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[Page 187]

Medical and Social Institutions

by Dr. Avrom Alpert (Ramat Gan)

Translated by Janie Respitz

I know very little about medical help in Zhetl before the First World War. I could not learn a lot from speaking to people who lived in Zhetl at that time. They did tell me that until the First World War Zhetl had a doctor, sometimes two. This would happen when the Jewish community was divided in two due to disputes over communal matters. There were no lack of arguments on the Jewish street. In a dispute, the doctor, a central figure in town, would support one side. The other side would declare a boycott on him and bring in a second doctor. Y. Gibor, who left Zhetl fifty years ago recounted the following story. In a dispute between the artisans and wealthy men led by the rabbi broke out. The doctor at the time, Hirshkop, fought on the side of the artisans. The wealthier men plotted against him and brought Dr. Ram from Vilna with great propaganda.

The main medical help was received by unqualified or half qualified people, medics who received their training in the army.

A Russian doctor, Ivanov, worked at the hospital on Lisagure Street, then, Dr. Shapiro of blessed memory and the medic Velvl, on Novoredker Street.

The Russian authorities supported the hospital which was used mainly by peasants from the surrounding villages. Jews would go there very seldom.

As for trained midwives or nurses, there is nothing to talk about. Grandmothers took care of this. By the way, during the First World War there were no Jewish doctors in Zhetl. Dr. Shapiro was mobilized by the Russians at the beginning of the war and medical help was given by military doctors from the local garrison. The very sick were brought to neighbouring, larger cities.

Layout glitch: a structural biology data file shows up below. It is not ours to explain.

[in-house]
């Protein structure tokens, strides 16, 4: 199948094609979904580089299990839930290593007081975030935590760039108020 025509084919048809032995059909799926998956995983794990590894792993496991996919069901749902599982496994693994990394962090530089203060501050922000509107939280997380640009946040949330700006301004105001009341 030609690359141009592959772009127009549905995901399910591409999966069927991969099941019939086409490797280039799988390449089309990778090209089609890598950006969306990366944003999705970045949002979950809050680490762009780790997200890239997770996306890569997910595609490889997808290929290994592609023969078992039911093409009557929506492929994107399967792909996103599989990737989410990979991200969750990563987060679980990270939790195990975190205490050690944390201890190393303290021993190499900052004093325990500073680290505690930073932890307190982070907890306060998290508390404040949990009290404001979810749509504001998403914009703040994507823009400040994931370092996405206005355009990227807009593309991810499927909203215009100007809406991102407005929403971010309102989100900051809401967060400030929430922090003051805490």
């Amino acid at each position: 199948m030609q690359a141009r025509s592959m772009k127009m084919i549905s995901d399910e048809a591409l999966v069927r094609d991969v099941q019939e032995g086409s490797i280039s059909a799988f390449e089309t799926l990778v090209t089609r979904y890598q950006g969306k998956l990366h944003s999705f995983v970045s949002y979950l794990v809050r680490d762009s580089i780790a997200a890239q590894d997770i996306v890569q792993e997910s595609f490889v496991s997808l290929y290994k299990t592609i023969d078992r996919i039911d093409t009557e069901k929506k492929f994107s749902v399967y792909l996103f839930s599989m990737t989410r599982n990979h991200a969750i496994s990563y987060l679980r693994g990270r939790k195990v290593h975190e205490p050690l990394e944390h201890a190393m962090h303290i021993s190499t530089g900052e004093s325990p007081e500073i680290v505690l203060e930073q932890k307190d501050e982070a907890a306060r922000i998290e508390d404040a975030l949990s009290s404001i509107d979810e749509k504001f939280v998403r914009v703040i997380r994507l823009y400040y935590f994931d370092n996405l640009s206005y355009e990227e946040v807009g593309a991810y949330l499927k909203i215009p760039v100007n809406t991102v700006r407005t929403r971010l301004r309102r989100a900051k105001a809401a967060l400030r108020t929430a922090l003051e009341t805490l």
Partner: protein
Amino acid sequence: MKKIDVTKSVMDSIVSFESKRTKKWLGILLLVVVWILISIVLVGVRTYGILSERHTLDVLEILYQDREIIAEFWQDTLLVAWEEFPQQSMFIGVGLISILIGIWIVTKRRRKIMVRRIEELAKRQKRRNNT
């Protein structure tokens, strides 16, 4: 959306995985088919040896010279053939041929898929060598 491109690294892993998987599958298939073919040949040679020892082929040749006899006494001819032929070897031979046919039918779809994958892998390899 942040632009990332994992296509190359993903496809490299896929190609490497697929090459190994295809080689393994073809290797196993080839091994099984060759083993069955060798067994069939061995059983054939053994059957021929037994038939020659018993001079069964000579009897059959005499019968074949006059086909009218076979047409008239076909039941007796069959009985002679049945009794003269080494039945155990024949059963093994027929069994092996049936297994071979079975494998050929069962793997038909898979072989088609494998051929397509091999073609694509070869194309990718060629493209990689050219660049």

Dr. Shapiro and His Family

In 1918 Dr. Shapiro and his family returned from Russia. His wife Aneh was a trained midwife and assisted her husband with his work. For many years, Dr. Shapiro, of blessed memory, was the only Jewish doctor in Zhetl. He was not well liked by the Jewish population because of his use of the Russian language. By the way he was not accessible and could not get used to living among the Jewish masses. People would often joke about him repeating his medical demands in a Yiddish mixed with Russian expressions.

He worked very hard in order to run a modest house while at the same time educating his daughter Mania, and son Ilyusha, of blessed memory, who were both medical students. His daughter Mania lives in Russia and works as a neurologist. His son, after high school became a communist activist. In 1937 he quit his studies at the university, left Poland and through France arrived in Spain in order to join the liberation struggle of the Spanish people. As it has been told, he was the editor for the front newspaper of the International Brigade, and for active propaganda. He was killed in battle. Far from his small hometown of Zhetl, his bones were scattered in the land of the Pyrenees in a battle for freedom against the Fascist hordes of General Franco.